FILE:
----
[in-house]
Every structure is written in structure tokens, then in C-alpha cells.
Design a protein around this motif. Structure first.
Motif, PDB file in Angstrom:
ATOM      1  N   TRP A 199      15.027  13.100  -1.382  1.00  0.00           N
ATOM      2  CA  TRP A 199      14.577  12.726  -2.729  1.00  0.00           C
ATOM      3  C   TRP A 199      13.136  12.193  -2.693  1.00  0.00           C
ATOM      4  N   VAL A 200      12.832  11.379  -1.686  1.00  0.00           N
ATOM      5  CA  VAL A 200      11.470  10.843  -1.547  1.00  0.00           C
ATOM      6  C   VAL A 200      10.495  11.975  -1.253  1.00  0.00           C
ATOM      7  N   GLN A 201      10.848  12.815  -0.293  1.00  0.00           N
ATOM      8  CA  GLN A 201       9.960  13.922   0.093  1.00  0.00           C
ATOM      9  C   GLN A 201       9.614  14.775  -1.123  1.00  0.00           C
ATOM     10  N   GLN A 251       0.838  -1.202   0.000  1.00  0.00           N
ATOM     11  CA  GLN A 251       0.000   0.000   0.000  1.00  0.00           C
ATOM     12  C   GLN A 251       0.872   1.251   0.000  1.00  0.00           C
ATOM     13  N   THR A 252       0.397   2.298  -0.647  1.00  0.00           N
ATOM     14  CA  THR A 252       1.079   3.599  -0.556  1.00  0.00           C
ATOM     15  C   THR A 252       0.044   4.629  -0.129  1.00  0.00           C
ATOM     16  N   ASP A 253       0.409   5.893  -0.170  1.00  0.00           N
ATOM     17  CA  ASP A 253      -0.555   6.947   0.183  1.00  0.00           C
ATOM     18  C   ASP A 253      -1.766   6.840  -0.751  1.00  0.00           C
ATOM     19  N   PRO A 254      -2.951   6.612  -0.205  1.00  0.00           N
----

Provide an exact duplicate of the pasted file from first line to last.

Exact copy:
[in-house]
Every structure is written in structure tokens, then in C-alpha cells.
Design a protein around this motif. Structure first.
Motif, PDB file in Angstrom:
ATOM      1  N   TRP A 199      15.027  13.100  -1.382  1.00  0.00           N
ATOM      2  CA  TRP A 199      14.577  12.726  -2.729  1.00  0.00           C
ATOM      3  C   TRP A 199      13.136  12.193  -2.693  1.00  0.00           C
ATOM      4  N   VAL A 200      12.832  11.379  -1.686  1.00  0.00           N
ATOM      5  CA  VAL A 200      11.470  10.843  -1.547  1.00  0.00           C
ATOM      6  C   VAL A 200      10.495  11.975  -1.253  1.00  0.00           C
ATOM      7  N   GLN A 201      10.848  12.815  -0.293  1.00  0.00           N
ATOM      8  CA  GLN A 201       9.960  13.922   0.093  1.00  0.00           C
ATOM      9  C   GLN A 201       9.614  14.775  -1.123  1.00  0.00           C
ATOM     10  N   GLN A 251       0.838  -1.202   0.000  1.00  0.00           N
ATOM     11  CA  GLN A 251       0.000   0.000   0.000  1.00  0.00           C
ATOM     12  C   GLN A 251       0.872   1.251   0.000  1.00  0.00           C
ATOM     13  N   THR A 252       0.397   2.298  -0.647  1.00  0.00           N
ATOM     14  CA  THR A 252       1.079   3.599  -0.556  1.00  0.00           C
ATOM     15  C   THR A 252       0.044   4.629  -0.129  1.00  0.00           C
ATOM     16  N   ASP A 253       0.409   5.893  -0.170  1.00  0.00           N
ATOM     17  CA  ASP A 253      -0.555   6.947   0.183  1.00  0.00           C
ATOM     18  C   ASP A 253      -1.766   6.840  -0.751  1.00  0.00           C
ATOM     19  N   PRO A 254      -2.951   6.612  -0.205  1.00  0.00           N